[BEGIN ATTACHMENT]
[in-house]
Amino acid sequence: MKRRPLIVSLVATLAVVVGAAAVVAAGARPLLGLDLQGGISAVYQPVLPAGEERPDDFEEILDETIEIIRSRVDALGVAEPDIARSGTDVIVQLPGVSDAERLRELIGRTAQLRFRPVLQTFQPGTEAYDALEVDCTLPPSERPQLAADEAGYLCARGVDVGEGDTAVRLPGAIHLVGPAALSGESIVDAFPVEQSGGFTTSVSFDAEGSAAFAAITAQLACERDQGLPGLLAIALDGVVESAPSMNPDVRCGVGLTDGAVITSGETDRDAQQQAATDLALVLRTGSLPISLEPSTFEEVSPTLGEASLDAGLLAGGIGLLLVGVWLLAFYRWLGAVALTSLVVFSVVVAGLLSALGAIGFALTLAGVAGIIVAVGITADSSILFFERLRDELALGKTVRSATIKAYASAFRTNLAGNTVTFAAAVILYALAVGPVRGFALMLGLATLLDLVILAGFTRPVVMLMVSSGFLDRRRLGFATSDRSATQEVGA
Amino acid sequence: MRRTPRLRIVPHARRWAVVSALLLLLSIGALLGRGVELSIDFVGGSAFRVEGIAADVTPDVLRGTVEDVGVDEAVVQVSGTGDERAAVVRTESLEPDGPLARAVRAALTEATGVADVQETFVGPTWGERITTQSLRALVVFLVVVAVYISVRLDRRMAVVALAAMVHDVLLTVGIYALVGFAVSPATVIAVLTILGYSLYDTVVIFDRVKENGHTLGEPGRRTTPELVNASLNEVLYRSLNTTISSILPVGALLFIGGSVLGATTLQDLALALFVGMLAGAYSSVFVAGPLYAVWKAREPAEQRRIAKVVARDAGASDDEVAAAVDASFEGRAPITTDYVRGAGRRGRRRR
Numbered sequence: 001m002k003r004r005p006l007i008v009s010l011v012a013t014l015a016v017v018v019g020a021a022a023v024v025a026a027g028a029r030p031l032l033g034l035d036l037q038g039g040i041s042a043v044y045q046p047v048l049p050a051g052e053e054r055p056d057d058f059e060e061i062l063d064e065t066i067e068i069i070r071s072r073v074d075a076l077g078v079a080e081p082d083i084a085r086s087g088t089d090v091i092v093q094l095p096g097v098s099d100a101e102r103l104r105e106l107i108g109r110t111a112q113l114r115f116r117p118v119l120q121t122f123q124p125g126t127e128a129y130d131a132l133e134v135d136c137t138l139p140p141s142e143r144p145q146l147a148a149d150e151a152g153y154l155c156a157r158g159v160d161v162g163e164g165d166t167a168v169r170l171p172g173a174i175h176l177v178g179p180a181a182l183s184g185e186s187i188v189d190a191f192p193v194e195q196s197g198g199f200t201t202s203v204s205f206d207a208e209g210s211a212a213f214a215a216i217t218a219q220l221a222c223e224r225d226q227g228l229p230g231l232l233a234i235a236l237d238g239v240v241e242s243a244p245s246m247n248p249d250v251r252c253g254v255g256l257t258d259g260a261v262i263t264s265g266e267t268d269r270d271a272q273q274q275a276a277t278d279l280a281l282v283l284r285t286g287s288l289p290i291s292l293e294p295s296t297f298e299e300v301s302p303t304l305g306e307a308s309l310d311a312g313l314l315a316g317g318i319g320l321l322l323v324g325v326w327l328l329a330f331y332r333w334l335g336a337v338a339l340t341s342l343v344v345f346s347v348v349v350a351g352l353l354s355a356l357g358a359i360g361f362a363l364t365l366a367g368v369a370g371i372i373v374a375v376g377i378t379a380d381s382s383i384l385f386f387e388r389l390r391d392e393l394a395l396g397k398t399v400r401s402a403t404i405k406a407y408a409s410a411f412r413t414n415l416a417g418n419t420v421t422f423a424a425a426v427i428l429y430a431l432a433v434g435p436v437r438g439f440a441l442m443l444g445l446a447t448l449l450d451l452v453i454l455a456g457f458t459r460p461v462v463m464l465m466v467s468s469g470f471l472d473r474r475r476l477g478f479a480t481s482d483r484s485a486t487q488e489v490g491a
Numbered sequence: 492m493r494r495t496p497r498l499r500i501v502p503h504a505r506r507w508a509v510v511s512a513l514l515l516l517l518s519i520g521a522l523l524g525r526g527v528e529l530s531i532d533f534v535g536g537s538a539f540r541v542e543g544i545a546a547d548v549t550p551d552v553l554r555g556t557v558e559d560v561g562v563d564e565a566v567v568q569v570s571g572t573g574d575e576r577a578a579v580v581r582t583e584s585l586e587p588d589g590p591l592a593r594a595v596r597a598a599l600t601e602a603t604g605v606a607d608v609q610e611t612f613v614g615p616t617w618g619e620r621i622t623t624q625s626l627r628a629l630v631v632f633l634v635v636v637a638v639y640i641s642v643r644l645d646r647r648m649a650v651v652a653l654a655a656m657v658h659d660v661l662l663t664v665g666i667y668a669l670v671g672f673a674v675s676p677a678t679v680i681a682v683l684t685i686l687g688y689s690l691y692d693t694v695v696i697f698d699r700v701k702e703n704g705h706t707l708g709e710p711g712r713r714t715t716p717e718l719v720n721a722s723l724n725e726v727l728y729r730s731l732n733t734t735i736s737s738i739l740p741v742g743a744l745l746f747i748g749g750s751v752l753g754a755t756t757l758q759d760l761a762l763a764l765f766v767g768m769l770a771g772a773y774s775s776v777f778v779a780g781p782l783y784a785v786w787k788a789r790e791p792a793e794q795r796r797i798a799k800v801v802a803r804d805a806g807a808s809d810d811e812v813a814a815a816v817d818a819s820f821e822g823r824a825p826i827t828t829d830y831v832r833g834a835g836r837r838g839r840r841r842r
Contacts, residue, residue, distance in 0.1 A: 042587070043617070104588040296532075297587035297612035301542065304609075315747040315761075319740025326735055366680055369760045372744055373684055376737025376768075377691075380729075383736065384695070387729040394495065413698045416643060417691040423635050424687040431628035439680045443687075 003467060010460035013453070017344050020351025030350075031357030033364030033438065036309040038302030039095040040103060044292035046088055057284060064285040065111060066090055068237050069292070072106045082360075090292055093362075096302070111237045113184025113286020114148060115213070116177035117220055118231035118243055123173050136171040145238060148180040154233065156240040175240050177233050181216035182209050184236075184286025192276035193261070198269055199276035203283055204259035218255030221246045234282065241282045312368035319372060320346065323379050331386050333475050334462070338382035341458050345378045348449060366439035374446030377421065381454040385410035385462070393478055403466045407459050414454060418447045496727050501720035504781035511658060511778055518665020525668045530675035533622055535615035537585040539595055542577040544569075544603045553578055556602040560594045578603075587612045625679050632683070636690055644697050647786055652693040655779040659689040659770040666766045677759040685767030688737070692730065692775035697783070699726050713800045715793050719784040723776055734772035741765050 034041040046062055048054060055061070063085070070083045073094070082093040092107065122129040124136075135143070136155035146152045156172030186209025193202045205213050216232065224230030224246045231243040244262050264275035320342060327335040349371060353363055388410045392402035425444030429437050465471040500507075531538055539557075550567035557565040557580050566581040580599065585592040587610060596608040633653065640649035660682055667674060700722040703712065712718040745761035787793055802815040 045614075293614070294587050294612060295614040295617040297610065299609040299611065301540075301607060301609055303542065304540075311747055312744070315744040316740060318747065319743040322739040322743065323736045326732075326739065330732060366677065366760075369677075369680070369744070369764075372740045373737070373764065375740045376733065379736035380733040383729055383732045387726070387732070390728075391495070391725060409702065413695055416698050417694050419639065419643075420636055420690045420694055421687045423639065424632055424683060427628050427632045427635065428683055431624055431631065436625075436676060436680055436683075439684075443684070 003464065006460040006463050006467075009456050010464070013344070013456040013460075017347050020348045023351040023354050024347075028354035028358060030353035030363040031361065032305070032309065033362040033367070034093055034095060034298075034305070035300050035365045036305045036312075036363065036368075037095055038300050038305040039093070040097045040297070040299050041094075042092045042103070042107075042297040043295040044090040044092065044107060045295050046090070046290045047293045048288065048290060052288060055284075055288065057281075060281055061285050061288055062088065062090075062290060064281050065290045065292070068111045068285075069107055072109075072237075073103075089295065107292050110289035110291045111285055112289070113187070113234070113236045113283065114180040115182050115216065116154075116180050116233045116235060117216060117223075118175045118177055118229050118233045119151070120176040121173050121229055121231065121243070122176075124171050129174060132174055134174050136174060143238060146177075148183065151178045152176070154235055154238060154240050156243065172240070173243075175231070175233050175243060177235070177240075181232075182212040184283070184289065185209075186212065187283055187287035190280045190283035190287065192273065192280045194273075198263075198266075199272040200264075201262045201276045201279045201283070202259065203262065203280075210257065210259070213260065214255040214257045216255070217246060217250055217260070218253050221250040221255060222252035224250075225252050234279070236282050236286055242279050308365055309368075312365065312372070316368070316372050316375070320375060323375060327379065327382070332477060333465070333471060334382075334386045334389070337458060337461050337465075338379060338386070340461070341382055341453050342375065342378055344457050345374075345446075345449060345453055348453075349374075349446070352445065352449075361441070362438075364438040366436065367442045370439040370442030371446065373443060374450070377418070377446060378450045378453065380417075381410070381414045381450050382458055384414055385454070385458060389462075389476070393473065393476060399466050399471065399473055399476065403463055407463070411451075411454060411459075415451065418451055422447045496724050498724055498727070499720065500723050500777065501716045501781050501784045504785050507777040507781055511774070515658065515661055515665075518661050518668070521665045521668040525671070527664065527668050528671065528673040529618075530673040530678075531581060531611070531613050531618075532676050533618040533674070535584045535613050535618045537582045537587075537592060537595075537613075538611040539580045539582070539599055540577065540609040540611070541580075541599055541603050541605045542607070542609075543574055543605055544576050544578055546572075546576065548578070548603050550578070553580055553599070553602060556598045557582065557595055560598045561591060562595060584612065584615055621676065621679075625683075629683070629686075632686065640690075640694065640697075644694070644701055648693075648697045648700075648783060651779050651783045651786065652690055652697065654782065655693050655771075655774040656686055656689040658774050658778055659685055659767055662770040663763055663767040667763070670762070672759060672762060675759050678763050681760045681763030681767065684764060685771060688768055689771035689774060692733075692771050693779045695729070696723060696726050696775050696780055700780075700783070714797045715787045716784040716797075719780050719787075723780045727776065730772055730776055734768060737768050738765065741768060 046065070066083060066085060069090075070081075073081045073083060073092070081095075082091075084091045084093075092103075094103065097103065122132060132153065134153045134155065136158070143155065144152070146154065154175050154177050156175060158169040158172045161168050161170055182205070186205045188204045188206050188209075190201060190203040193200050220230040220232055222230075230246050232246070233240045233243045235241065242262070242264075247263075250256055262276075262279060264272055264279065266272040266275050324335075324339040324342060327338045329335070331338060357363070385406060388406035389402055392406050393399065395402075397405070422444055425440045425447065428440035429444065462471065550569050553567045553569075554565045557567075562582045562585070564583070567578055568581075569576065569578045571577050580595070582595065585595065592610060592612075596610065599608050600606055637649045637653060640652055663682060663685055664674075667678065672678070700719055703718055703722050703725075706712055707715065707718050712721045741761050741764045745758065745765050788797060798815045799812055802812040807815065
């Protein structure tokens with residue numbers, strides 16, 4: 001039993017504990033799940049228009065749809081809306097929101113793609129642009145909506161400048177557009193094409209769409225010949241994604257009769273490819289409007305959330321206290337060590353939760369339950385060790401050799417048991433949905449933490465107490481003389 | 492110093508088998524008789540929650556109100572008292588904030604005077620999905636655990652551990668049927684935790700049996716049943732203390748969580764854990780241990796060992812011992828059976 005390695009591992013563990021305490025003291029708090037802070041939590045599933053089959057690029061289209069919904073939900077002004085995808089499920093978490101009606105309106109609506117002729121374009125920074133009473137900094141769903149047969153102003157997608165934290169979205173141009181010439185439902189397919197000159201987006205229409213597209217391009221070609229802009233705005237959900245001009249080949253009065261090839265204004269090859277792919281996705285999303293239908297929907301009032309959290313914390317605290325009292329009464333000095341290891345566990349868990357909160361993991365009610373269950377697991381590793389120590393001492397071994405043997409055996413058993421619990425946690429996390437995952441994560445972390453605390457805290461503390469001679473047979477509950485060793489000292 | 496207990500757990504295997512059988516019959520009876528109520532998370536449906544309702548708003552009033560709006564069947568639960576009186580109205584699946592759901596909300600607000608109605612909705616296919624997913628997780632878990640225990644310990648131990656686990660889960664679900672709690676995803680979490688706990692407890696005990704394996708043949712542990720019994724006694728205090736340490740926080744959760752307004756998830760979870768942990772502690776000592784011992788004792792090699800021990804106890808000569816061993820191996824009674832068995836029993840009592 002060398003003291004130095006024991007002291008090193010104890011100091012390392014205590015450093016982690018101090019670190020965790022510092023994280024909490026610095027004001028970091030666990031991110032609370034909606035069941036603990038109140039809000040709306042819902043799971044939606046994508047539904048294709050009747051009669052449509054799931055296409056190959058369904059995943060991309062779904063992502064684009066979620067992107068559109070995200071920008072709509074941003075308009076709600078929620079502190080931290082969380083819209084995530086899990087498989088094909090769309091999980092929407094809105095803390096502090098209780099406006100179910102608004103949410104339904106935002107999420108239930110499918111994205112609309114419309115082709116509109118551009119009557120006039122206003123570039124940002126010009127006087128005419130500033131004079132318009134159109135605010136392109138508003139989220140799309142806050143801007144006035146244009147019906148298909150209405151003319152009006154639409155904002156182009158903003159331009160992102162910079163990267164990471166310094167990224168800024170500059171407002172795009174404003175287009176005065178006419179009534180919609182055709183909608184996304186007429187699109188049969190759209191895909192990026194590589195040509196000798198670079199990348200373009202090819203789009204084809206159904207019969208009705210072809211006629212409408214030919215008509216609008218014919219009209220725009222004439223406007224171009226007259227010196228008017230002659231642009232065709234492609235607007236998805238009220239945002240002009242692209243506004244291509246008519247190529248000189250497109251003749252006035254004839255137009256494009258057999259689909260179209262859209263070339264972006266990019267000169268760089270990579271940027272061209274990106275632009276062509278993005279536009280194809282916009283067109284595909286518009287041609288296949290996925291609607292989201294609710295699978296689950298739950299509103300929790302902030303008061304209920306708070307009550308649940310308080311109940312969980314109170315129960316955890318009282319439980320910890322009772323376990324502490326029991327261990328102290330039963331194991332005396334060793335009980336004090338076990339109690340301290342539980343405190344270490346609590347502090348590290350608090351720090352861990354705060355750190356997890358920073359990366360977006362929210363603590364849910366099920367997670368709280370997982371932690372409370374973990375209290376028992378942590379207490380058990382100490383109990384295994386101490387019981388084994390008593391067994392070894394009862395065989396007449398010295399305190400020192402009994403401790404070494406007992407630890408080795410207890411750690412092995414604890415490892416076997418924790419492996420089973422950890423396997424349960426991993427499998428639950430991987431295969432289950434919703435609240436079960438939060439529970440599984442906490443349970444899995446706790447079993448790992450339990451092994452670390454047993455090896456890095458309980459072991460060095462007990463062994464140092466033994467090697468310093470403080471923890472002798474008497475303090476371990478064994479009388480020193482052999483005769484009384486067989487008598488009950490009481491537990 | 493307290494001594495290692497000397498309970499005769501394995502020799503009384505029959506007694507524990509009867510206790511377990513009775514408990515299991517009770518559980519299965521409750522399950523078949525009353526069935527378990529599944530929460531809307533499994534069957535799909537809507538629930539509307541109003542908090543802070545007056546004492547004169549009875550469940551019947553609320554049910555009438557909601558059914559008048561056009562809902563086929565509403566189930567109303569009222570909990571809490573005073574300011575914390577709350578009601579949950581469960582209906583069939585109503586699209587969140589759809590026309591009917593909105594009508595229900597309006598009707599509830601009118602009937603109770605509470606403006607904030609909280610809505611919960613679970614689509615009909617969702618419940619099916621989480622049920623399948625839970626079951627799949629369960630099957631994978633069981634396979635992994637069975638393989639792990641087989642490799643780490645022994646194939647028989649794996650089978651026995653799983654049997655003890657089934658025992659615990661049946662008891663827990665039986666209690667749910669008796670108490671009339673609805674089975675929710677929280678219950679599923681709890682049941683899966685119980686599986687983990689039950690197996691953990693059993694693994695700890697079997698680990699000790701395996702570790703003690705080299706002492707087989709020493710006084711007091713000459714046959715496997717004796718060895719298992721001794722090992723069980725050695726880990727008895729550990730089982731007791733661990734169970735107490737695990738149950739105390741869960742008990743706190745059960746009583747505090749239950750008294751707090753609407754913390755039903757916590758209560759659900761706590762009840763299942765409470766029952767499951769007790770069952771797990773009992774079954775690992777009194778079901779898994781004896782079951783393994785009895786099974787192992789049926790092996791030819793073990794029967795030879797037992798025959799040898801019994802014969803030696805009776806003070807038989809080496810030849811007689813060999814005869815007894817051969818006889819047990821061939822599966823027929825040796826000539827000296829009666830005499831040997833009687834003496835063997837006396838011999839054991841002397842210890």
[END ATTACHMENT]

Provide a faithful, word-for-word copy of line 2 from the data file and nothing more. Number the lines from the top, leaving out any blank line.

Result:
Amino acid sequence: MKRRPLIVSLVATLAVVVGAAAVVAAGARPLLGLDLQGGISAVYQPVLPAGEERPDDFEEILDETIEIIRSRVDALGVAEPDIARSGTDVIVQLPGVSDAERLRELIGRTAQLRFRPVLQTFQPGTEAYDALEVDCTLPPSERPQLAADEAGYLCARGVDVGEGDTAVRLPGAIHLVGPAALSGESIVDAFPVEQSGGFTTSVSFDAEGSAAFAAITAQLACERDQGLPGLLAIALDGVVESAPSMNPDVRCGVGLTDGAVITSGETDRDAQQQAATDLALVLRTGSLPISLEPSTFEEVSPTLGEASLDAGLLAGGIGLLLVGVWLLAFYRWLGAVALTSLVVFSVVVAGLLSALGAIGFALTLAGVAGIIVAVGITADSSILFFERLRDELALGKTVRSATIKAYASAFRTNLAGNTVTFAAAVILYALAVGPVRGFALMLGLATLLDLVILAGFTRPVVMLMVSSGFLDRRRLGFATSDRSATQEVGA